Bush’s 2007 budget seeks to tap IT’s efficiencies
Requested increases for DHS, Justice signal growing respect for information technology
- By Michael Arnone
- Feb 13, 2006
Information technology is no longer the Rodney Dangerfield of federal spending at the Homeland Security and Justice departments. IT programs get plenty of respect in the Bush administration’s 2007 budget requests for the two departments.
Significant proposed increases for many programs show that administration officials recognize the importance of IT in meeting mission-critical goals, analysts say. But experts disagree about whether the departments will spend money wisely.
The DHS budget request calls for $42.7 billion in fiscal 2007, a nearly 6 percent increase. The IT portion would increase 21.2 percent, from $3.6 billion this year to a proposed $4.4 billion. Overall federal discretionary spending would rise by only 1 percent. The proposed budget would curtail spending on many other programs.
The DHS budget reflects an emphasis on preparedness, information sharing, transportation security, border security and departmental organization, DHS Secretary Michael Chertoff said.
The Justice budget request would improve the management, storage, sharing and security of information. The FBI would sharply increase IT spending to improve its intelligence and information-sharing capabilities.
In both the DHS and Justice requests, the largest budget line items are for consolidated infrastructure programs, said Warren Suss, president of Suss Consulting. Such spending is part of a governmentwide trend to improve the IT infrastructure that supports agency programs. Another trend is a change from seeking funding for programs at the subagency level to treating them as agencywide programs, he said.
Borders a priority at DHS
Border security is a major priority in the Bush administration’s budget request, said Jeff Vining, vice president of homeland security and law enforcement at Gartner Research. Rising complaints from disgruntled residents of states along the southern border of the United States helped make that a priority, he said.
The Secure Border Initiative would get $100 million for border technology. The U.S. Visitor and Immigrant Status Indicator Technology (US-VISIT) program would get $399.5 million, up from $341 million in 2006. The majority of the new money — $60 million — would go toward upgrading the program’s fingerprint-capture technology and making it interoperable with the FBI’s fingerprint systems.
The administration realizes that DHS needs centralized IT to consolidate the operations of DHS’ 22 constituent agencies, Vining said. DHS’ chief information officer needs more money and authority to level the playing field between the departmental CIO and various agency CIOs within DHS. The central CIO’s office would get $324 million, up from $294 million in fiscal 2006.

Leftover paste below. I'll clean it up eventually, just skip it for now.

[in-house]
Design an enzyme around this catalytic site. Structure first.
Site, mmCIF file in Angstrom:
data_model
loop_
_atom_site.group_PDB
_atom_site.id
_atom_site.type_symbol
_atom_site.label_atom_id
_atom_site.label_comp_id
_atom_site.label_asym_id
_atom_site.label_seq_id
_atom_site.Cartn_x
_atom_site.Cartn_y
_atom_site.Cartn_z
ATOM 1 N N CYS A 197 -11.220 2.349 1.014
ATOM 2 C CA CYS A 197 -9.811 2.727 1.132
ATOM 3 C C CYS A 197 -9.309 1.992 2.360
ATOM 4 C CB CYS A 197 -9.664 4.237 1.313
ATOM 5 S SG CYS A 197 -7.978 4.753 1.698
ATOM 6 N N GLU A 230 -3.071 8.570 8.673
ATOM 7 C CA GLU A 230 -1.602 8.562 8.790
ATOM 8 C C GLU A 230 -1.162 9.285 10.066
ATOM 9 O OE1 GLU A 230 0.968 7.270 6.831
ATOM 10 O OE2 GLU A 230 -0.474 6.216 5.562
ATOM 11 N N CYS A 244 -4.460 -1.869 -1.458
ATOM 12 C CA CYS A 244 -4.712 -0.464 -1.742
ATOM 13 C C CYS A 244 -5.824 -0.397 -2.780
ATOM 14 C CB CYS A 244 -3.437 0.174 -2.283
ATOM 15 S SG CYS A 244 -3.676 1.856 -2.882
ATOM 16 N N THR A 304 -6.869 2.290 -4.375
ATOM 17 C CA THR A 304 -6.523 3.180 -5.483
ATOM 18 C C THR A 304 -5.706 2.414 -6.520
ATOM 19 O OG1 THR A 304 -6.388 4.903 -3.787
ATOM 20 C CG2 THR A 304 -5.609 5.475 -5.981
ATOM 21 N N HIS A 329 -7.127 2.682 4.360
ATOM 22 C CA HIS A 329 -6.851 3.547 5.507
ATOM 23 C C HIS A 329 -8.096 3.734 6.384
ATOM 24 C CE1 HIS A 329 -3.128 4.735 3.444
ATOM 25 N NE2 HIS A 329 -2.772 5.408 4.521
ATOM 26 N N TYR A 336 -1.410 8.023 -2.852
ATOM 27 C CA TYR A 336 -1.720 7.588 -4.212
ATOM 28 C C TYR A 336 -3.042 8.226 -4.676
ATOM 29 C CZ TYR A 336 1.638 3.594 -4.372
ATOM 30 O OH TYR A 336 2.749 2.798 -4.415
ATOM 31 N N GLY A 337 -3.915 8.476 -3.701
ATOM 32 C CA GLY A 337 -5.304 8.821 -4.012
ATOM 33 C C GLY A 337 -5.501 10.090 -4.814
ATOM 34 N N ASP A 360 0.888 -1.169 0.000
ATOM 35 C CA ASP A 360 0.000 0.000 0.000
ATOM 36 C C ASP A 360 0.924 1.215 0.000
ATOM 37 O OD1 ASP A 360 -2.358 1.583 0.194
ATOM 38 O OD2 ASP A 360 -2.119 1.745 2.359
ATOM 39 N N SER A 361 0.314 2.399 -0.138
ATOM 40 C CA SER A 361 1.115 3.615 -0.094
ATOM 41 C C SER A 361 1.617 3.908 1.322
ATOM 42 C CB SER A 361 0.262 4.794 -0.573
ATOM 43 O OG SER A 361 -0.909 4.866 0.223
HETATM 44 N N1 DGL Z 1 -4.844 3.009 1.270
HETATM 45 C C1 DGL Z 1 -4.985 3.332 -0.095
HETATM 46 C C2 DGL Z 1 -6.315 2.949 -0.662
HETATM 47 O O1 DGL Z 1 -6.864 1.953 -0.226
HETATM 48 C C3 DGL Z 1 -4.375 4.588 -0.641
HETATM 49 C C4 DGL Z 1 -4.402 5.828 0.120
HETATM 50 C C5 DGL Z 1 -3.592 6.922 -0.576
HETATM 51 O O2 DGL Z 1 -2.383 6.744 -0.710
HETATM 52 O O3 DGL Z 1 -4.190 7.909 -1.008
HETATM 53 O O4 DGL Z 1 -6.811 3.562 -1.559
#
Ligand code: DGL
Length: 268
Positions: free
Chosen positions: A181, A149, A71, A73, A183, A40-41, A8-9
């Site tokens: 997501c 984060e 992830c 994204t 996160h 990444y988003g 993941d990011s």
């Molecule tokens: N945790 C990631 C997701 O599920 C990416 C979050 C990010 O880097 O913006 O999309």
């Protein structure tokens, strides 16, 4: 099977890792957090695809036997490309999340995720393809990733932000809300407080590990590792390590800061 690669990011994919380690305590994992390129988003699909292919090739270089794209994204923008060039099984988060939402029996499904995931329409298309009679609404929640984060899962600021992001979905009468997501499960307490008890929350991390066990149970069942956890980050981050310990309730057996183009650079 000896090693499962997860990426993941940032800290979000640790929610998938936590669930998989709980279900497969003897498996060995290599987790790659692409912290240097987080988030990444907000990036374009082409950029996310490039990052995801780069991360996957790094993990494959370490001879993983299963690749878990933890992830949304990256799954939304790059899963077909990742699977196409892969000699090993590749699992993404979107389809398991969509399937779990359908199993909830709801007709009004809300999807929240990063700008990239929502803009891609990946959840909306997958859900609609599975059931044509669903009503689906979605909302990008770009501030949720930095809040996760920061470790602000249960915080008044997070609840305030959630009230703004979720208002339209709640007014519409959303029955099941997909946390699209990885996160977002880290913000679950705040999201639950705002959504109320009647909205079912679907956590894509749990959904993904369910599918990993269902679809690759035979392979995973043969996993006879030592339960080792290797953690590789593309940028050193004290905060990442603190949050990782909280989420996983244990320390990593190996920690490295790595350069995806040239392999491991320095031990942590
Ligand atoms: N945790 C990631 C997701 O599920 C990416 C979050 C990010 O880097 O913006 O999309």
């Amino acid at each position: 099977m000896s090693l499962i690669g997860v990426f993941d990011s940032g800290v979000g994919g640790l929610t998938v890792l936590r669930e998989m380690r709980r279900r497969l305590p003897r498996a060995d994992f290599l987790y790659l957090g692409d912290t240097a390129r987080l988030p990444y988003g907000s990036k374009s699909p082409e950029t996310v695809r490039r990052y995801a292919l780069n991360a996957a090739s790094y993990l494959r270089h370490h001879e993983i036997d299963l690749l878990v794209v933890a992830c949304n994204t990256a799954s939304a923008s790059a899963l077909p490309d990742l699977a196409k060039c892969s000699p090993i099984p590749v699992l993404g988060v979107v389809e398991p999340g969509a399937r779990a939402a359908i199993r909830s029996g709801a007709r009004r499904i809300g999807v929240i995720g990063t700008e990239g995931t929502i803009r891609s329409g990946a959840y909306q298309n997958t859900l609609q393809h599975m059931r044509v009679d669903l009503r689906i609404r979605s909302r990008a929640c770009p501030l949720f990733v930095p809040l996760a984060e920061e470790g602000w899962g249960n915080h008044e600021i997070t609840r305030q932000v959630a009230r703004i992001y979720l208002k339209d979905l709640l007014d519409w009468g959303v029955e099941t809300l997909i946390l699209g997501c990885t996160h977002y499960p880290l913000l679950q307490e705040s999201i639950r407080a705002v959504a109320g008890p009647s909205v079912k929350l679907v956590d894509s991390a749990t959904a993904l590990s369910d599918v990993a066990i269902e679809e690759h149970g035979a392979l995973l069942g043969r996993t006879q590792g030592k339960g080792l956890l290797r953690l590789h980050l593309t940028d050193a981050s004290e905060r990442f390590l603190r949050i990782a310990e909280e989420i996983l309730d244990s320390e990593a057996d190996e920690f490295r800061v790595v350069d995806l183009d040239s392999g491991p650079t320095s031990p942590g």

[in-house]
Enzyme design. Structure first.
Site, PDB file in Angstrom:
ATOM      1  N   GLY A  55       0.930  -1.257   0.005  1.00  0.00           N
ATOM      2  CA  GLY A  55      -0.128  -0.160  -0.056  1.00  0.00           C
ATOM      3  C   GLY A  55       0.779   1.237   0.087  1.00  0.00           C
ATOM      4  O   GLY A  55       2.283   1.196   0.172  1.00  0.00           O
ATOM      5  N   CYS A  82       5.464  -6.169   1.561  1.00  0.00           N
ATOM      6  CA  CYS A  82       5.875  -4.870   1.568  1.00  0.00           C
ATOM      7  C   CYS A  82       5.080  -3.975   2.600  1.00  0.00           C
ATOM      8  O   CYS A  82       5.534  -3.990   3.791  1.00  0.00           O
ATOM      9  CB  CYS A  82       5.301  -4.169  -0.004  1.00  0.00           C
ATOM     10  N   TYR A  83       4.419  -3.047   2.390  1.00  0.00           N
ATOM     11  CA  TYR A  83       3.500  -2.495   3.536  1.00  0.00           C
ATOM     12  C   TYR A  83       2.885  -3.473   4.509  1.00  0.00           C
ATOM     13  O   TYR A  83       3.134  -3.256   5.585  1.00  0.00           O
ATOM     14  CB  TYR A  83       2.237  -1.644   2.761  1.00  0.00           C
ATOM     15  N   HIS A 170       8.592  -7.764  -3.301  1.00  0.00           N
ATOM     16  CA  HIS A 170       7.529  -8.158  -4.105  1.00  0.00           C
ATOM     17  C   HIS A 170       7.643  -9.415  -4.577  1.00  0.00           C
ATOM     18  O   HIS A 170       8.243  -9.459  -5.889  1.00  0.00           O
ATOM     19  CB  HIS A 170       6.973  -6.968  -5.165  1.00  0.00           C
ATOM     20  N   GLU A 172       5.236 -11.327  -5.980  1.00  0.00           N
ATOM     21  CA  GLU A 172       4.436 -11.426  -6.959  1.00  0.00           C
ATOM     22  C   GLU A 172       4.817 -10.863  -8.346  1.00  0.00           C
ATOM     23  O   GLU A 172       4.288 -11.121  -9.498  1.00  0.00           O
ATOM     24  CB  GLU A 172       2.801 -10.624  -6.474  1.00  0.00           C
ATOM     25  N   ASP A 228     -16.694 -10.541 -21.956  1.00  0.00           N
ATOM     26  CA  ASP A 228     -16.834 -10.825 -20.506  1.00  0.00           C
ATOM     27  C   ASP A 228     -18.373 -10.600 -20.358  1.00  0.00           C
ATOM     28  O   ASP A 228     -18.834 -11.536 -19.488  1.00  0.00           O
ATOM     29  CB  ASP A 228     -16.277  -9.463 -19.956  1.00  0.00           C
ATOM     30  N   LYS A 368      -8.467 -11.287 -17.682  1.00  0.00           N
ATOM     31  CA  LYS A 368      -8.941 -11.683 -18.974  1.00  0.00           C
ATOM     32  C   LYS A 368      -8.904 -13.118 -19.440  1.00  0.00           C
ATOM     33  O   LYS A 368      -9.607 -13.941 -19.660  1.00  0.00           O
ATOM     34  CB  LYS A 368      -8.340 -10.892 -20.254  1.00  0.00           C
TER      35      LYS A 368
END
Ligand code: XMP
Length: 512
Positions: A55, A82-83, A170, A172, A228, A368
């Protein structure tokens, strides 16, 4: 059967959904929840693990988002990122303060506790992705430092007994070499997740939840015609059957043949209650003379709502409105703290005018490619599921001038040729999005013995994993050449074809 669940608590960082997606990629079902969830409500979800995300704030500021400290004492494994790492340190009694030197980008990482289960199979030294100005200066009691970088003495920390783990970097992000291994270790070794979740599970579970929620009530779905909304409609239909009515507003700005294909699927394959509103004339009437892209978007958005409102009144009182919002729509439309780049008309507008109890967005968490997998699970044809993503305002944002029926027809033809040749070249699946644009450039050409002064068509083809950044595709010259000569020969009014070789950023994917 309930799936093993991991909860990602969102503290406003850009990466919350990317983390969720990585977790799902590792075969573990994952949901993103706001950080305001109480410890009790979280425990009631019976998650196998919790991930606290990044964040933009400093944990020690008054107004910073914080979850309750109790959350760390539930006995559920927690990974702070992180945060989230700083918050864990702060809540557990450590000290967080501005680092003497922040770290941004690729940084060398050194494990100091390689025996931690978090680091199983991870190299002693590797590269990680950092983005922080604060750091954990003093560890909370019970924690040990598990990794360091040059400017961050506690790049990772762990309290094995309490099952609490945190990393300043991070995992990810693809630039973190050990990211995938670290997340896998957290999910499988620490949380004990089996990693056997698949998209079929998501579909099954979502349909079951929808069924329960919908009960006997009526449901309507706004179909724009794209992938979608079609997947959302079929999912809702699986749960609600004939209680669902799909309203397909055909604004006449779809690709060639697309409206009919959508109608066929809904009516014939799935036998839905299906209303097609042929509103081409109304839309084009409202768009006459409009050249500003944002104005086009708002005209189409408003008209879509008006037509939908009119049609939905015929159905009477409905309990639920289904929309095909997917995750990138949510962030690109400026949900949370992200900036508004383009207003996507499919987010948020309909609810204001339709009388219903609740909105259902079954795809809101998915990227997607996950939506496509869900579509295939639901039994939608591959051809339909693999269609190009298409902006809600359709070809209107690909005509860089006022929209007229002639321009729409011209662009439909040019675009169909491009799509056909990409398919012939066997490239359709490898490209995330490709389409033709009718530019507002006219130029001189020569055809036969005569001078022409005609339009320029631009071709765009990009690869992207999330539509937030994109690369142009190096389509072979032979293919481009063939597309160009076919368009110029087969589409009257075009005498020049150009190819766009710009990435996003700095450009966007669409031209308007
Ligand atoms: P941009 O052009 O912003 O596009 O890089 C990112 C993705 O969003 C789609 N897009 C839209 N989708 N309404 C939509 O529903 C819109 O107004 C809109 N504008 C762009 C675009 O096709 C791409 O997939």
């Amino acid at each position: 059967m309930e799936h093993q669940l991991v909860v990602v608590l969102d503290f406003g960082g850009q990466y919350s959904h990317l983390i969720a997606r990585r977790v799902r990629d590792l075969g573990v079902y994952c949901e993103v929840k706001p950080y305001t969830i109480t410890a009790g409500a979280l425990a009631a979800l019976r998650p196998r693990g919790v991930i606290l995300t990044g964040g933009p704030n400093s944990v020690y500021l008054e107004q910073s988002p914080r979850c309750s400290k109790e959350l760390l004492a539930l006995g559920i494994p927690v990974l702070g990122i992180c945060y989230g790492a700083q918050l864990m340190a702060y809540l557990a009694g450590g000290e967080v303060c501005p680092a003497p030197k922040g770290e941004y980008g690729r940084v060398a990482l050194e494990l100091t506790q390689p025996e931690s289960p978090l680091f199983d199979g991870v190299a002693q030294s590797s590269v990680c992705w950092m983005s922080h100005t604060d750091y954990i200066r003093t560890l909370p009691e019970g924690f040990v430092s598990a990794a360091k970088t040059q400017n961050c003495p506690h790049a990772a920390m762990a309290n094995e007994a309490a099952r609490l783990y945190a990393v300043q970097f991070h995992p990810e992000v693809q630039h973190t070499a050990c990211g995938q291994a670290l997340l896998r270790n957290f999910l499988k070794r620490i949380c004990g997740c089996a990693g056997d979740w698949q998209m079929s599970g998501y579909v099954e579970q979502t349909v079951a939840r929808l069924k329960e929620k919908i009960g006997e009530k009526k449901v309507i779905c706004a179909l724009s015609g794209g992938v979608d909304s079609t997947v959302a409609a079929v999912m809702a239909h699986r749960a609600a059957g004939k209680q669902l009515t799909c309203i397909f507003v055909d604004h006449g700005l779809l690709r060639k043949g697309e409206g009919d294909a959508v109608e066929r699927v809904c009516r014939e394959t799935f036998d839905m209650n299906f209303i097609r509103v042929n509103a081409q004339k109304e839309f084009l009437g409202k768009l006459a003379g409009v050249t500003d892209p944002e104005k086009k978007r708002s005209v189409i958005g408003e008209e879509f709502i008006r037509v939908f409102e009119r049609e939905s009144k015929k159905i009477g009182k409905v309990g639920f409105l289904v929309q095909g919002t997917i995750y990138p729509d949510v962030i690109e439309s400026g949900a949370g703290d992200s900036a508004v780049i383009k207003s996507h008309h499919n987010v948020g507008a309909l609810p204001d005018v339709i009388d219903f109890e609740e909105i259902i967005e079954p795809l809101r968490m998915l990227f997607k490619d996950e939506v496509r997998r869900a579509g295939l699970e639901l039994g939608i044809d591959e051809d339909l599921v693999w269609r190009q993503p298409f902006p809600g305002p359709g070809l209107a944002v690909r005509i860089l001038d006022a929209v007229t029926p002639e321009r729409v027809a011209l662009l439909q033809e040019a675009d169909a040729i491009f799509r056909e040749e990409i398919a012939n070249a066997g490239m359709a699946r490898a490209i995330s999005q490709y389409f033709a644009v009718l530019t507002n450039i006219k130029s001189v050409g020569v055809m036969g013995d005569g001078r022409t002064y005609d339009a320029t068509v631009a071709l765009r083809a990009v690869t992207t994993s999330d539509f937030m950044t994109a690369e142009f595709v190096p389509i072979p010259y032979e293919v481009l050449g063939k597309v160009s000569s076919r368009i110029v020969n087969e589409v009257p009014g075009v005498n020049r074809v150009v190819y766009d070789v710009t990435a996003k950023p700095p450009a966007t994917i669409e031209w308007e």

The budget supports a new Preparedness Directorate at DHS, but some emergency response experts are dissatisfied with proposed funding for preparedness. Barry Scanlon, a partner at James Lee Witt Associates, an emergency management consulting firm, said he was disappointed in cuts to some state and local preparedness grants.
Because of the devastation of Hurricane Katrina and the predicted severity of the 2006 hurricane season, he said, “preparedness spending should go up, not down.”
Eyes on FBI’s Sentinel
The Bush administration has proposed spending on 231 programs at Justice, but none will likely spark more debate than the $100 million proposed for Sentinel, the FBI’s new investigative and administrative case management system. In fiscal 2006, the program received $97 million in funding reassigned from other programs.
Effective IT-based case management is crucial for the FBI because managing, storing and tracking cases are the bureau’s lifeblood, Suss said. The bureau needs Sentinel to replace the paper-based system it still uses, he said.
The FBI has not fully detailed Sentinel’s cost and capabilities, even though the program has already received more than $200 million since fiscal 2005. That amount is more than the scrapped $170 million Virtual Case File system that it will replace, said Alan Webber, senior analyst for government at Forrester Research.
The Bush administration and the Office of Management and Budget are not pressuring DHS and Justice to share information or spend wisely, Webber said. Administration officials promised the departments money regardless of the agencies’ performance, he said.
“The war on terror is going on,” Webber said, “but these agencies won’t be able to make a significant impact until they’re held accountable for their investments, especially on the IT side.”
Suss disagreed, saying that the Bush administration is not looking to spend frivolously when it faces record-breaking deficits in an election year.